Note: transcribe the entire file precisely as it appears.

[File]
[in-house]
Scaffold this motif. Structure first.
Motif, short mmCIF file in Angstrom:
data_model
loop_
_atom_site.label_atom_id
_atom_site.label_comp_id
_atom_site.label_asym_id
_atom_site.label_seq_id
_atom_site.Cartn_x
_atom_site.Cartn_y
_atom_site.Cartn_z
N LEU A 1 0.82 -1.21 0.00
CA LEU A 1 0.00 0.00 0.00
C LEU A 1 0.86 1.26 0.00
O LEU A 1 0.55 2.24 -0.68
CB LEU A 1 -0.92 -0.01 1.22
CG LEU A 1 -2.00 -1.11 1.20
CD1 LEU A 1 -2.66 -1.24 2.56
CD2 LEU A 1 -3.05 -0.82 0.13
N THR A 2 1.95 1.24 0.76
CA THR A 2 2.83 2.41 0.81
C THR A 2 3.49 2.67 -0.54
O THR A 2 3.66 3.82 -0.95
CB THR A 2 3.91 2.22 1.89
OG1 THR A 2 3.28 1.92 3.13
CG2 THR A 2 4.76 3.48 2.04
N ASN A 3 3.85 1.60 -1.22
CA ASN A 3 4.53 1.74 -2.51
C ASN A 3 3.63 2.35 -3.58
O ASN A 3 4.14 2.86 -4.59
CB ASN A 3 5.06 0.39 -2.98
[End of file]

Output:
[in-house]
Scaffold this motif. Structure first.
Motif, short mmCIF file in Angstrom:
data_model
loop_
_atom_site.label_atom_id
_atom_site.label_comp_id
_atom_site.label_asym_id
_atom_site.label_seq_id
_atom_site.Cartn_x
_atom_site.Cartn_y
_atom_site.Cartn_z
N LEU A 1 0.82 -1.21 0.00
CA LEU A 1 0.00 0.00 0.00
C LEU A 1 0.86 1.26 0.00
O LEU A 1 0.55 2.24 -0.68
CB LEU A 1 -0.92 -0.01 1.22
CG LEU A 1 -2.00 -1.11 1.20
CD1 LEU A 1 -2.66 -1.24 2.56
CD2 LEU A 1 -3.05 -0.82 0.13
N THR A 2 1.95 1.24 0.76
CA THR A 2 2.83 2.41 0.81
C THR A 2 3.49 2.67 -0.54
O THR A 2 3.66 3.82 -0.95
CB THR A 2 3.91 2.22 1.89
OG1 THR A 2 3.28 1.92 3.13
CG2 THR A 2 4.76 3.48 2.04
N ASN A 3 3.85 1.60 -1.22
CA ASN A 3 4.53 1.74 -2.51
C ASN A 3 3.63 2.35 -3.58
O ASN A 3 4.14 2.86 -4.59
CB ASN A 3 5.06 0.39 -2.98